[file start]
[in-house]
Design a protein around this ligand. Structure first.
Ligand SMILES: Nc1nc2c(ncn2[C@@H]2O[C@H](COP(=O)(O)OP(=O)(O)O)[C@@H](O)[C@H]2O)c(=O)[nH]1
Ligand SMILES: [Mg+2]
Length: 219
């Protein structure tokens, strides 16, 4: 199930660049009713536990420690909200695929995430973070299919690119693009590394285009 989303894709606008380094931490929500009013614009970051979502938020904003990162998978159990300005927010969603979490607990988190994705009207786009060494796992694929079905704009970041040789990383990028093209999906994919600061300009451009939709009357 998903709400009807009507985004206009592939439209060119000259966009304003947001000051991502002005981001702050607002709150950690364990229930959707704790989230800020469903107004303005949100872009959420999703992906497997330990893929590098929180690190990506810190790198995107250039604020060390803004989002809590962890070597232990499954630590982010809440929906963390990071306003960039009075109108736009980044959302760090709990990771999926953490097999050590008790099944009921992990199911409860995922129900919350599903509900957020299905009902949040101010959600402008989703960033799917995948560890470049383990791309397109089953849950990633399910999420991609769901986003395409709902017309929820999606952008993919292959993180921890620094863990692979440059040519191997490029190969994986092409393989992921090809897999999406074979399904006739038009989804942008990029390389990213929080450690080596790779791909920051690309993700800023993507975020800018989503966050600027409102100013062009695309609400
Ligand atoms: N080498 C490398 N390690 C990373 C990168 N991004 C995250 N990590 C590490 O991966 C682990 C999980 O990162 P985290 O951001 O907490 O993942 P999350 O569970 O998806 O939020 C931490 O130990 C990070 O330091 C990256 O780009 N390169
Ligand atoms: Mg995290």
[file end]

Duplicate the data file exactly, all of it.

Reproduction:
[in-house]
Design a protein around this ligand. Structure first.
Ligand SMILES: Nc1nc2c(ncn2[C@@H]2O[C@H](COP(=O)(O)OP(=O)(O)O)[C@@H](O)[C@H]2O)c(=O)[nH]1
Ligand SMILES: [Mg+2]
Length: 219
């Protein structure tokens, strides 16, 4: 199930660049009713536990420690909200695929995430973070299919690119693009590394285009 989303894709606008380094931490929500009013614009970051979502938020904003990162998978159990300005927010969603979490607990988190994705009207786009060494796992694929079905704009970041040789990383990028093209999906994919600061300009451009939709009357 998903709400009807009507985004206009592939439209060119000259966009304003947001000051991502002005981001702050607002709150950690364990229930959707704790989230800020469903107004303005949100872009959420999703992906497997330990893929590098929180690190990506810190790198995107250039604020060390803004989002809590962890070597232990499954630590982010809440929906963390990071306003960039009075109108736009980044959302760090709990990771999926953490097999050590008790099944009921992990199911409860995922129900919350599903509900957020299905009902949040101010959600402008989703960033799917995948560890470049383990791309397109089953849950990633399910999420991609769901986003395409709902017309929820999606952008993919292959993180921890620094863990692979440059040519191997490029190969994986092409393989992921090809897999999406074979399904006739038009989804942008990029390389990213929080450690080596790779791909920051690309993700800023993507975020800018989503966050600027409102100013062009695309609400
Ligand atoms: N080498 C490398 N390690 C990373 C990168 N991004 C995250 N990590 C590490 O991966 C682990 C999980 O990162 P985290 O951001 O907490 O993942 P999350 O569970 O998806 O939020 C931490 O130990 C990070 O330091 C990256 O780009 N390169
Ligand atoms: Mg995290």